Last year I created a short slideshow (Moments Alone), from images taken over the year using my mobile phone. I found it to be a enjoyable way to look back at the year and reflect upon the places that I’ve gone, the people I’ve met and the things that I paid attention to. So, I decided to do it again this year and here is the result “Fractured Moments”. I would strongly encourage you to create a collection of your own images for the year -I have found both the process and the results to be very insightful.
See you after the Holidays! And don’t forget, every time a bell rings, a layer gets its mask… : )
Lightroom can display up to three different dates for a file in the Metadata panel: Date Time Original, Date Time Digitized and Date Time. Note: try setting the Metadata panel’s preset to EXIF to display them all. Here’s the explanation of when and why you might need these different dates:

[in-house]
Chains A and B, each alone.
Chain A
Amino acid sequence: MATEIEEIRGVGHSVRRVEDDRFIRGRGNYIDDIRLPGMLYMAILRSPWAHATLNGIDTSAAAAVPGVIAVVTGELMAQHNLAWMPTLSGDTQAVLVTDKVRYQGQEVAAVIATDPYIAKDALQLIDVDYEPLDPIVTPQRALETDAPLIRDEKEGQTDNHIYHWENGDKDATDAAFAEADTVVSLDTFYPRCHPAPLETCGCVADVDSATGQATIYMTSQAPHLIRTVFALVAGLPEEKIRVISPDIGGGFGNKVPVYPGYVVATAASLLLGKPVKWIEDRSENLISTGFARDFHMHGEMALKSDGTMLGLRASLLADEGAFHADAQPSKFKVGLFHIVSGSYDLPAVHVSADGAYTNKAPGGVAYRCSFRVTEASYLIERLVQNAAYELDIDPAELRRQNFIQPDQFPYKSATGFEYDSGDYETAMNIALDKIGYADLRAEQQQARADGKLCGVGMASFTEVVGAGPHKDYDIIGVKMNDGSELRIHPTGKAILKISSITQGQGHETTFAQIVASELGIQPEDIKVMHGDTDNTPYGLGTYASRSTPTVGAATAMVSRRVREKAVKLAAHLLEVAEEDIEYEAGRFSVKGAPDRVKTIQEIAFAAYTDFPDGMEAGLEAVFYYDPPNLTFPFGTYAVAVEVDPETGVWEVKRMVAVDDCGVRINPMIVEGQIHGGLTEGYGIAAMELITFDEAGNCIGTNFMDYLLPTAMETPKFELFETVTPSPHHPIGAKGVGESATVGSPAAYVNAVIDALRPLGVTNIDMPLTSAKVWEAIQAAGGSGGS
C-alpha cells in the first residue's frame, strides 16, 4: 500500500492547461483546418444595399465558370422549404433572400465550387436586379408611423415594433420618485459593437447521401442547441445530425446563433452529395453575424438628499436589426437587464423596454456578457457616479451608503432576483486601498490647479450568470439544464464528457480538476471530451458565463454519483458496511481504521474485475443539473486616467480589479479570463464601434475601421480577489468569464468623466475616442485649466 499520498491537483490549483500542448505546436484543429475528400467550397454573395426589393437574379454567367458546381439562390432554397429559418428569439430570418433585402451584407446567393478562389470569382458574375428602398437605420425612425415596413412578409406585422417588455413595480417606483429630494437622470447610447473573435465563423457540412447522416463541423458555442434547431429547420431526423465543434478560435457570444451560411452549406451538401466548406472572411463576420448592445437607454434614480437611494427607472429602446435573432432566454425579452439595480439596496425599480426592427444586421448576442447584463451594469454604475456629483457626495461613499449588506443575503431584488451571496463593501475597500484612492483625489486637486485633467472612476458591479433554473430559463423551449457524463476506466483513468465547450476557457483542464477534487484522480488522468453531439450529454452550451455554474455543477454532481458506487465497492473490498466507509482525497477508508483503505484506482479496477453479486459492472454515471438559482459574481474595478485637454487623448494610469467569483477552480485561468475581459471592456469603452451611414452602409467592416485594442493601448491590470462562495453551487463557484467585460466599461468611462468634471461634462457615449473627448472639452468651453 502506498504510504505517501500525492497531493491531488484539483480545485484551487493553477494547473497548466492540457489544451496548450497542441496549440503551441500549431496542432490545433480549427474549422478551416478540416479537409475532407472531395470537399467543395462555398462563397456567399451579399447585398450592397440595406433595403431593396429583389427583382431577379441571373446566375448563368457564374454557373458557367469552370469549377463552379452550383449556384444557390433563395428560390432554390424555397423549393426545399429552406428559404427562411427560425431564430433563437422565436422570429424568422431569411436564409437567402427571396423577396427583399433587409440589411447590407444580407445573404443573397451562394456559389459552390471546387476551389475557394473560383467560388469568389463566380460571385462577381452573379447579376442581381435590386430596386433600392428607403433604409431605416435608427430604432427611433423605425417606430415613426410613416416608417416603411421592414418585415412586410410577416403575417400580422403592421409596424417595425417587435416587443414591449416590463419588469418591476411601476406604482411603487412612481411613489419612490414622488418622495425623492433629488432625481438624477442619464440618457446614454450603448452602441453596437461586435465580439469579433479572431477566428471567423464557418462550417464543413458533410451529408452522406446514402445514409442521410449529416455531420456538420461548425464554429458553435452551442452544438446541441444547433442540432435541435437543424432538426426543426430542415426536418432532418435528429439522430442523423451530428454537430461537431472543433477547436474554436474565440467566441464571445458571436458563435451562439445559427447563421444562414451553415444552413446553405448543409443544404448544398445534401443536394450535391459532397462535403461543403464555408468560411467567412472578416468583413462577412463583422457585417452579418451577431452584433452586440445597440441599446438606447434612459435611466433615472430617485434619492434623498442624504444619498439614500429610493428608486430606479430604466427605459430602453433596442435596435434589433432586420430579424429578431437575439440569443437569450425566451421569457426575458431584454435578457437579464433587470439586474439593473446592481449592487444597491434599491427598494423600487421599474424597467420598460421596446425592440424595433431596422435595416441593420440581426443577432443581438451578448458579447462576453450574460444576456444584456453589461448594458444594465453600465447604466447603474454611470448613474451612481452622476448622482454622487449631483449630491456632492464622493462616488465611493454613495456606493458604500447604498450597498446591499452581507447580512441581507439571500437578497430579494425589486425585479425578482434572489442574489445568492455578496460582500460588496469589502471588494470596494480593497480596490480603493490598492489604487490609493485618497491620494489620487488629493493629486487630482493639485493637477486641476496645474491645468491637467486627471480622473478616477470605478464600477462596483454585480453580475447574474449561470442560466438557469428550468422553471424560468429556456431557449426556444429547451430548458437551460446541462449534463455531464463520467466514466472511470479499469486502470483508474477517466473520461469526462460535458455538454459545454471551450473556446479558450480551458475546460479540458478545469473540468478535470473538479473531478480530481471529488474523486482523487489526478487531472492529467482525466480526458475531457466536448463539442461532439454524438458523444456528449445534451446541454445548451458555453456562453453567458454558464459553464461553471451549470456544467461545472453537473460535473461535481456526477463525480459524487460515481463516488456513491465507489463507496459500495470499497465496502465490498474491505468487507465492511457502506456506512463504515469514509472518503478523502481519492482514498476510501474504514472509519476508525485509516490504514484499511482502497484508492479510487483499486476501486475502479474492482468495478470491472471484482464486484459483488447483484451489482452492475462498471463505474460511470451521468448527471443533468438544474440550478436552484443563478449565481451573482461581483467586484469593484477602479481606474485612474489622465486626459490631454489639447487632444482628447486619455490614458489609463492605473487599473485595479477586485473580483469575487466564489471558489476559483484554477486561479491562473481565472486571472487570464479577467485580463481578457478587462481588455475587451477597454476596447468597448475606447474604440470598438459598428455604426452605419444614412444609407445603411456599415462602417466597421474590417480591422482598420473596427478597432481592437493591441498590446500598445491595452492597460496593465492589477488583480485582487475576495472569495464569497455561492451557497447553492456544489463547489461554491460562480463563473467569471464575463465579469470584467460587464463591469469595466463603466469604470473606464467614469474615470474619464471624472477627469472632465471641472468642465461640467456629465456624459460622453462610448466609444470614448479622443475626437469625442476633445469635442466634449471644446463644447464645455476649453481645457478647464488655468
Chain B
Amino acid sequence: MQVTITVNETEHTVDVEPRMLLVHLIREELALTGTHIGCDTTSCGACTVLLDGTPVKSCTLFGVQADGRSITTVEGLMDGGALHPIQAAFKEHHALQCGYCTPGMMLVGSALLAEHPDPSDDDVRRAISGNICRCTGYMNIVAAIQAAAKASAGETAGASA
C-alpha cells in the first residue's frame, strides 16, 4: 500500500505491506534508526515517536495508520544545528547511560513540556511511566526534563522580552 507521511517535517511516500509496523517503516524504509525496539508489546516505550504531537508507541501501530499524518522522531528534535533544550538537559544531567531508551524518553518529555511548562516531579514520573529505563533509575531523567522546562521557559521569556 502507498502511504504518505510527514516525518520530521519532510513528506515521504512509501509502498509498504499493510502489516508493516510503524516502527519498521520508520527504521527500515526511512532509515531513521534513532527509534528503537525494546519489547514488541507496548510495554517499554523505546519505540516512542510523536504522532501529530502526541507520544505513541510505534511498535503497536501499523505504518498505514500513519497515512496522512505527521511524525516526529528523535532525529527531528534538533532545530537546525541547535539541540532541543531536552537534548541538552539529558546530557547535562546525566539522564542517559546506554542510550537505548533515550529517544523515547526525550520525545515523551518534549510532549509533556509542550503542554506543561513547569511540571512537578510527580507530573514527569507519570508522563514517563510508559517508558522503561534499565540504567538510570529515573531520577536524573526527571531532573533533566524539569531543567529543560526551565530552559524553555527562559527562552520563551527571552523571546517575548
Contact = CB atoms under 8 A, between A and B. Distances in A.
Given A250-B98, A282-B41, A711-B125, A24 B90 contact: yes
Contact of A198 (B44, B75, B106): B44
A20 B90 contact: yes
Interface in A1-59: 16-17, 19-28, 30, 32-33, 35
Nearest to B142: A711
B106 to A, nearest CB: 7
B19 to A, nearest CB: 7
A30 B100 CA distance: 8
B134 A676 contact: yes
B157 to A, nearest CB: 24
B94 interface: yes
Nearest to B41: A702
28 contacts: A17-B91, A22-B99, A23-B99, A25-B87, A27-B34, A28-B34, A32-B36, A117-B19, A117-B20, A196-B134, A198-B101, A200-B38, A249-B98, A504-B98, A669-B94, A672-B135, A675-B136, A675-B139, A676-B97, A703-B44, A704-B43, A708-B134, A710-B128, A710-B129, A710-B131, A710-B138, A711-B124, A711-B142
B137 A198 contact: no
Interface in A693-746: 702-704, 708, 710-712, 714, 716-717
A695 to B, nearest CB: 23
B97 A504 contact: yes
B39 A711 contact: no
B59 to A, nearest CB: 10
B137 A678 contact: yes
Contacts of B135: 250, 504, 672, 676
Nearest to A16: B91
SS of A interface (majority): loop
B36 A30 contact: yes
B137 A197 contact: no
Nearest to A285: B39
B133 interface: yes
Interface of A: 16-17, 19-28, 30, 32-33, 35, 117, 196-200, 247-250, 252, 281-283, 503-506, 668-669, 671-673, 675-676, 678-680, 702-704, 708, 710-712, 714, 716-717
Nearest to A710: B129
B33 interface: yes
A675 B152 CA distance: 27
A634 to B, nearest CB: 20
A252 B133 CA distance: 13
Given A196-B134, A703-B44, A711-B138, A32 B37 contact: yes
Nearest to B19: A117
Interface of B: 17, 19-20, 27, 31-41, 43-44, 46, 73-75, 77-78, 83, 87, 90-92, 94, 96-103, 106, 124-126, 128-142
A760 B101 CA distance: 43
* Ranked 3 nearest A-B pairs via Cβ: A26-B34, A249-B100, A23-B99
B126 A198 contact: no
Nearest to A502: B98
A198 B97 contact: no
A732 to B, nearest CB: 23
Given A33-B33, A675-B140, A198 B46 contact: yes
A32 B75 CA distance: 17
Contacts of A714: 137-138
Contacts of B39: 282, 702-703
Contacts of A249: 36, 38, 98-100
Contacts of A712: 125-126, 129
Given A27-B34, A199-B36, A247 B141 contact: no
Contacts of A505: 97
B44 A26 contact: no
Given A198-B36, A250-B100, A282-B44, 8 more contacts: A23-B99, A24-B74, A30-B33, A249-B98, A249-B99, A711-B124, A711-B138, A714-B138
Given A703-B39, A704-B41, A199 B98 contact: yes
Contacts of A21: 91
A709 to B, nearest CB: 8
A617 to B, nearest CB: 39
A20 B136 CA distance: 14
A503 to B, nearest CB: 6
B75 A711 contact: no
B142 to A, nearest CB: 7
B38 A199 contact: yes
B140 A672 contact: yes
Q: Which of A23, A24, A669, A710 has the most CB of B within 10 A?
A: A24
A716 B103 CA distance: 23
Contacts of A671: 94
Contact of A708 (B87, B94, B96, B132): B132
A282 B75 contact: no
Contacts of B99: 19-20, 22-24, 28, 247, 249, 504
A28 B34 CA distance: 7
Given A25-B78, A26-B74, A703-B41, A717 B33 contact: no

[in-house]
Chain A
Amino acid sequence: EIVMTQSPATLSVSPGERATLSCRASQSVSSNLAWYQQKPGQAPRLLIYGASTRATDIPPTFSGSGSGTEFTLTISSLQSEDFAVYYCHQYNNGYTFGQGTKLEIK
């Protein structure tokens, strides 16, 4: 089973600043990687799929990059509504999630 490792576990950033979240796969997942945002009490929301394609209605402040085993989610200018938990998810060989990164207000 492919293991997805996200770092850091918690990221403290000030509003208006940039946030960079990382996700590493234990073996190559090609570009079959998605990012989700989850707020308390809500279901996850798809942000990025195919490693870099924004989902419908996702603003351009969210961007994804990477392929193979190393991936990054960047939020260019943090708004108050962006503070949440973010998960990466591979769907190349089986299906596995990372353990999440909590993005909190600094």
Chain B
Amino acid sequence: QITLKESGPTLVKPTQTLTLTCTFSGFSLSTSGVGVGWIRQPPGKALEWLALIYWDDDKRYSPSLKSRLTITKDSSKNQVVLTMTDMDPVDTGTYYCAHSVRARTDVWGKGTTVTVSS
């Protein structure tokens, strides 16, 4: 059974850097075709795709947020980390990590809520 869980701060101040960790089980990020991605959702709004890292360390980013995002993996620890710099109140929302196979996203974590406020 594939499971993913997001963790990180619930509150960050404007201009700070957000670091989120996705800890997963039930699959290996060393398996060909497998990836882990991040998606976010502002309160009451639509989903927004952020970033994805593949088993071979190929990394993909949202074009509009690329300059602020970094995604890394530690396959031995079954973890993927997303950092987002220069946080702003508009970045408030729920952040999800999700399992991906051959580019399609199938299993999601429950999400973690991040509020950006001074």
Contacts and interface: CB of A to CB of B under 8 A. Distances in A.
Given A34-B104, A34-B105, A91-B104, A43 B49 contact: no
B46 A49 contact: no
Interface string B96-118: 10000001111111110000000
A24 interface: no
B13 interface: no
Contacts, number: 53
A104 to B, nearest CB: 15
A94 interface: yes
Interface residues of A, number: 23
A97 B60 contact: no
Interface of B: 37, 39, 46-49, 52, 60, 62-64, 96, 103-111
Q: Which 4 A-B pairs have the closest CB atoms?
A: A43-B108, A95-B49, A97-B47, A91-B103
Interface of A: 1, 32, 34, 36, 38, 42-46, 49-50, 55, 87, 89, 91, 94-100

• Date Time Original – This is the moment in time that is shown in the picture. In other words, if you were at a new year’s eve party last year and took a picture at one minute before midnight, the Date Time Original of that picture is 12/31/2012 11:59 PM.
• Date Time Digitized – This is the moment in time at which the picture was committed to digital form. For photos from a digital camera, this will always be identical to Date Time Original. For film, it wouldn’t be. For example, if you’d taken that new year’s eve picture on film, then waited exactly six months to scan (i.e., digitize) the film the Date Time Original would still be 12/31/2012 11:59 PM, but the Date Time Digitized would be 6/30/2013 11:59 PM.